Another Howton Grove Priory Update

A few of the 'smaller' leylandii
A few of the ‘smaller’ leylandii

We shall soon have been here three months. Visitors remark how much we’ve done in that time, but for us the days pass in something of a blur. We moved during the height of the grass-growing season so have been constantly dodging rainstorms of almost tropical intensity in order to keep the lawns mown. Friends from Wantage came and worked terrifically hard in the garden to clear many of the ‘smaller’ leylandii and some rather intrusive yuccas before starting on the proposed vegetable plot.

Hidden treasures
Hidden treasures

In the process some lovely bits of agricultural archaeology were unearthed. Now all we need are half a dozen strong men or women to help us move them to more suitable places! (The photo above shows an agricultural sink unearthed in the prospective vegetable plot. It will join our cider mill, cider press, stone horse trough and cartwheels to remind us of the barn’s origins.)

Our friend Damien Young at work in the garden
Getting stuck in!
Vegetable plot before clearing
Vegetable plot before clearing

Vegetable plot after clearing
Vegetable plot after clearing: laurel and silver fir still to go

Alas, we failed to keep a rampant clematis in check and had to call out an emergency gutter-clearing service since we don’t, as yet, have a ladder high enough to enable us to deal with such problems ourselves. The frustration! We are also having to call in a professional hedge-cutter to deal with the hornbeam hedge which seems to have set its sights on the moon, so lush has been its growth this year, and to remove some of the larger confers and laurels to allow planting of more fruit trees (we already have apple, pear and plum — although the pear has no fruit this year and the plum looks as though it is ailing — plus a flowering cherry which needs more breathing-space, and a magnificent hazel laden with nuts.)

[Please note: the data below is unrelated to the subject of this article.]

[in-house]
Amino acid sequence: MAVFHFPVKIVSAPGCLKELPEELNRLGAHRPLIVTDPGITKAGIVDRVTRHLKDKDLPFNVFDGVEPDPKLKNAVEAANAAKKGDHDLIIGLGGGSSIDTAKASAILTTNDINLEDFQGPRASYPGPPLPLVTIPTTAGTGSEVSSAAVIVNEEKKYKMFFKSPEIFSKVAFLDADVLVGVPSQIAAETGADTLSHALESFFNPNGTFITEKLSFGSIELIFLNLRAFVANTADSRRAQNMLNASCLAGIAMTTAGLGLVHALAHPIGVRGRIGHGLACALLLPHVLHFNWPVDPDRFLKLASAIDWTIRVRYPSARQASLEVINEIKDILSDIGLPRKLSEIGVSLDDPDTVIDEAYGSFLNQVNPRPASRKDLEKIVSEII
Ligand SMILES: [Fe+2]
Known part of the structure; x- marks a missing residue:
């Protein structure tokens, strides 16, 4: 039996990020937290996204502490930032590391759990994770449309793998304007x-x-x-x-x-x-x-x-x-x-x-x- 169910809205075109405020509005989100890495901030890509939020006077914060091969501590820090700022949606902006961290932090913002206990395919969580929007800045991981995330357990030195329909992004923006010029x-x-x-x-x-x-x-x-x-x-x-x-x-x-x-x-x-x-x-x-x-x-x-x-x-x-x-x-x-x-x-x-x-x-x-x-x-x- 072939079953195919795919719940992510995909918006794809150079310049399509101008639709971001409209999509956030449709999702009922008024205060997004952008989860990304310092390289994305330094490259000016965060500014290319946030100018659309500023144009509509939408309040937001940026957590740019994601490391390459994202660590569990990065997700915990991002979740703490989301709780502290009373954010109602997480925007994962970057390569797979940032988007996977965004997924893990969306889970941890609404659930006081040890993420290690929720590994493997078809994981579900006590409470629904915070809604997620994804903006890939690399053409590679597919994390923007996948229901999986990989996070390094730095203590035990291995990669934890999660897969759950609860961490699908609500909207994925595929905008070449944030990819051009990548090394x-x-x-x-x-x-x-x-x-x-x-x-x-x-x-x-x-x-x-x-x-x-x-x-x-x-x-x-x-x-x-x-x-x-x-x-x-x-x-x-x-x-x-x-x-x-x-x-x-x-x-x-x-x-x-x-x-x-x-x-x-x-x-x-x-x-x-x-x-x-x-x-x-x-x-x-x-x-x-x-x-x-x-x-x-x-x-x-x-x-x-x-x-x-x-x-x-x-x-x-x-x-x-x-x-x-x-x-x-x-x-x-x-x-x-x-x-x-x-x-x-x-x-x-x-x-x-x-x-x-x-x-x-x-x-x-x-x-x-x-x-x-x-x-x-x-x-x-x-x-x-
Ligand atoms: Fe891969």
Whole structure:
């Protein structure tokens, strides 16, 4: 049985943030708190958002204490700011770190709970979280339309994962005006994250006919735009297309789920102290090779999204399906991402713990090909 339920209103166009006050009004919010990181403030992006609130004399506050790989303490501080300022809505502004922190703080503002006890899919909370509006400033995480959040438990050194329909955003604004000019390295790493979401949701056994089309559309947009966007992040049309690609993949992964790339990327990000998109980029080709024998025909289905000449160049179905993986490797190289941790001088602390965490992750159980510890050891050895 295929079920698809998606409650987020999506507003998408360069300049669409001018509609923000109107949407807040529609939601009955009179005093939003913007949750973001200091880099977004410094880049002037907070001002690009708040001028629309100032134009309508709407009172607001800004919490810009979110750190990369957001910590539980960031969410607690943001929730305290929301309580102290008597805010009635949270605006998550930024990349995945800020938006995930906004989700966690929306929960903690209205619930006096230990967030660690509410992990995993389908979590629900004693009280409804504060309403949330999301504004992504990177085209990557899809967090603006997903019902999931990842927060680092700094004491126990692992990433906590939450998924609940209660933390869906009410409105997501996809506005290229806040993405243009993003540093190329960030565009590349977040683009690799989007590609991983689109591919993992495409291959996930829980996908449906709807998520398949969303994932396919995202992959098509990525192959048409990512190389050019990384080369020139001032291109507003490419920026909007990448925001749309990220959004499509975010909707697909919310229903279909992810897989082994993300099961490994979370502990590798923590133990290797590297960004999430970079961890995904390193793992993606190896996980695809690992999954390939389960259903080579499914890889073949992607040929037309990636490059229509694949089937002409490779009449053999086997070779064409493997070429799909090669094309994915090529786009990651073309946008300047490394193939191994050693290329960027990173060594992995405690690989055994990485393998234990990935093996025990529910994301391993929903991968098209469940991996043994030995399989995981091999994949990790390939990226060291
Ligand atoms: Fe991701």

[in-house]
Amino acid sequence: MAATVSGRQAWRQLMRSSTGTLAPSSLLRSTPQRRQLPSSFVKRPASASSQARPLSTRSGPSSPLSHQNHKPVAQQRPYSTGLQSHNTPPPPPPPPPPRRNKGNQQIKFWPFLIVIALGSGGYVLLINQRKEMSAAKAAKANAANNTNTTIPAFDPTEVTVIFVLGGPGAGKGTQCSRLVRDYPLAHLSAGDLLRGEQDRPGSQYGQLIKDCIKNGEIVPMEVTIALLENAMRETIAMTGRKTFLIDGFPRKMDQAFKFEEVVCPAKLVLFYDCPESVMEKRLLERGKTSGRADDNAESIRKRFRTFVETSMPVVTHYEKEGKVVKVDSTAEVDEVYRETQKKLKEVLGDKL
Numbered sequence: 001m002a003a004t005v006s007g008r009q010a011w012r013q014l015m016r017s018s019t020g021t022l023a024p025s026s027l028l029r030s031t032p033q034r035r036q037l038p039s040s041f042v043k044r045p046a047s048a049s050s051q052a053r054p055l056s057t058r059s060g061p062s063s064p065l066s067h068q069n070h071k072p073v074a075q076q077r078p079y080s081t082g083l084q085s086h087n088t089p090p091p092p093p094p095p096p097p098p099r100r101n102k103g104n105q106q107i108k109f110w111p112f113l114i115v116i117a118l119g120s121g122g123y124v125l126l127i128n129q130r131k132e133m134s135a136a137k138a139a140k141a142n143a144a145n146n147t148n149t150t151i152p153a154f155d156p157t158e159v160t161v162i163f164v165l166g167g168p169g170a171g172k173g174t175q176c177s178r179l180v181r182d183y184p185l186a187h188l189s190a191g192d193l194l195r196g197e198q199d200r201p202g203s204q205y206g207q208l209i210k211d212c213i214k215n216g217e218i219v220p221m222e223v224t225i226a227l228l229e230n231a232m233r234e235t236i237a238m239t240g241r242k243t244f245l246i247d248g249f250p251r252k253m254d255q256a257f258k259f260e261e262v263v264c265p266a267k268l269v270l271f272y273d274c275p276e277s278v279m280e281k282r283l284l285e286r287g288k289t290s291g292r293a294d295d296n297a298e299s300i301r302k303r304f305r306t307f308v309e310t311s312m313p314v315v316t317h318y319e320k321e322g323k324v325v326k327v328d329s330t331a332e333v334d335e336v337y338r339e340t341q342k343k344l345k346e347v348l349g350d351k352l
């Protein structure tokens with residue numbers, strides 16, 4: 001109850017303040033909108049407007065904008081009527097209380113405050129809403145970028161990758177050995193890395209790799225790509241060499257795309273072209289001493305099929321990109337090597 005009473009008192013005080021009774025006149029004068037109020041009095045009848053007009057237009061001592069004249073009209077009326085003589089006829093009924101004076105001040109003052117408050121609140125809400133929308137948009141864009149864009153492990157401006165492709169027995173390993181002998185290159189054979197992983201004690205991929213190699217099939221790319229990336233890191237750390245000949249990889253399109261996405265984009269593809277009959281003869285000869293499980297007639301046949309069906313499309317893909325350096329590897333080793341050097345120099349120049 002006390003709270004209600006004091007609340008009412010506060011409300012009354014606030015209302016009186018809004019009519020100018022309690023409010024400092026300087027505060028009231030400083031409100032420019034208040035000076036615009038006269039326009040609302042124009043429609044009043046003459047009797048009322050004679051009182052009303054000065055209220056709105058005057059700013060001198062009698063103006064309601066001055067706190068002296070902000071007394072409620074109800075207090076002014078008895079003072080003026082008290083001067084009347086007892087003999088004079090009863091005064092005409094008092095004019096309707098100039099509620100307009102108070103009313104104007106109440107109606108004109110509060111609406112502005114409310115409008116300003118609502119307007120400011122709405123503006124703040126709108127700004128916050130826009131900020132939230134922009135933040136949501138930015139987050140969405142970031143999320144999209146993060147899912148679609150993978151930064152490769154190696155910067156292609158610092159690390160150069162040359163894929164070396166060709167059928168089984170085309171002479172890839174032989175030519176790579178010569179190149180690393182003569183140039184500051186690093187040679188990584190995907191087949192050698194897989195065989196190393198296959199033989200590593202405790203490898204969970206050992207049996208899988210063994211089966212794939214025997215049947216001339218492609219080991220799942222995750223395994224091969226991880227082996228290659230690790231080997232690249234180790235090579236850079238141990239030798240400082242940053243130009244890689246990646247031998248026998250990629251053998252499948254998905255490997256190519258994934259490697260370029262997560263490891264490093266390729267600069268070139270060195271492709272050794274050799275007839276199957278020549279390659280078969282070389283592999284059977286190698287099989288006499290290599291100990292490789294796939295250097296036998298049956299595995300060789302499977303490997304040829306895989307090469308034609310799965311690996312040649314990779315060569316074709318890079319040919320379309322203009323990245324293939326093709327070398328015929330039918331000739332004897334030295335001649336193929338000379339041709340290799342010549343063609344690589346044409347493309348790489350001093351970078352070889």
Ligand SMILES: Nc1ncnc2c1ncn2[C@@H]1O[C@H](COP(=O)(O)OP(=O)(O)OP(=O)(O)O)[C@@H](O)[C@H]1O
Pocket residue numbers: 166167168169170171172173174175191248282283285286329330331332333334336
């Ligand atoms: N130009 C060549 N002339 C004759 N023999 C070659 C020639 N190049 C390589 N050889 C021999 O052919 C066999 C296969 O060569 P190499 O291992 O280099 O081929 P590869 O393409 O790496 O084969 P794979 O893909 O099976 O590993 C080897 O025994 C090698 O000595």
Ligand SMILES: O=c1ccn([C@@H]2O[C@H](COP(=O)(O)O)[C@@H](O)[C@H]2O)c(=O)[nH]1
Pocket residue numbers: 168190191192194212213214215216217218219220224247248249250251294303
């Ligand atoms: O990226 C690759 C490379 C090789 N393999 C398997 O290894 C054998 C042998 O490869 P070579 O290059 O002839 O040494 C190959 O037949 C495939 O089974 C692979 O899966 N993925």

Inside the house we have replaced some windows which needed attention. Tomorrow a builder comes to begin some plasterwork renovation the Bank requires, and soon after that, we hope to have the first of our bookshelves installed. Then, finally, we can begin to unpack our books which are piled up in boxes in the calefactory and garages — and maybe begin to think about those areas we’d like to redecorate before our postulant-to-be takes up residence. (She was relieved to hear we had bought her a bed, but please pray that all visa issues are resolved quickly and positively)

In the meantime, the prayer and ordinary work of the house continue, the latter often in the early hours or late in the evening. Doing so has enabled us to appreciate ever more in what a beautiful part of the country we have found our ‘local habitation and a name’.

Just one problem: what shall we do with ‘Bro Duncan’s guest-house’? It would make some child a lovely play-house, having been beautifully made; but whoever would like it must dismantle/collect it themselves. It is listed for sale on ebay (and Bro Duncan has never actually been in it!): http://bit.ly/NlDOgO (link opens in new window).

'Bro Duncan's Guesthouse': the play-house in the garden
‘Bro Duncan’s Guesthouse’: the play-house in the garden
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Explorations at Howton Grove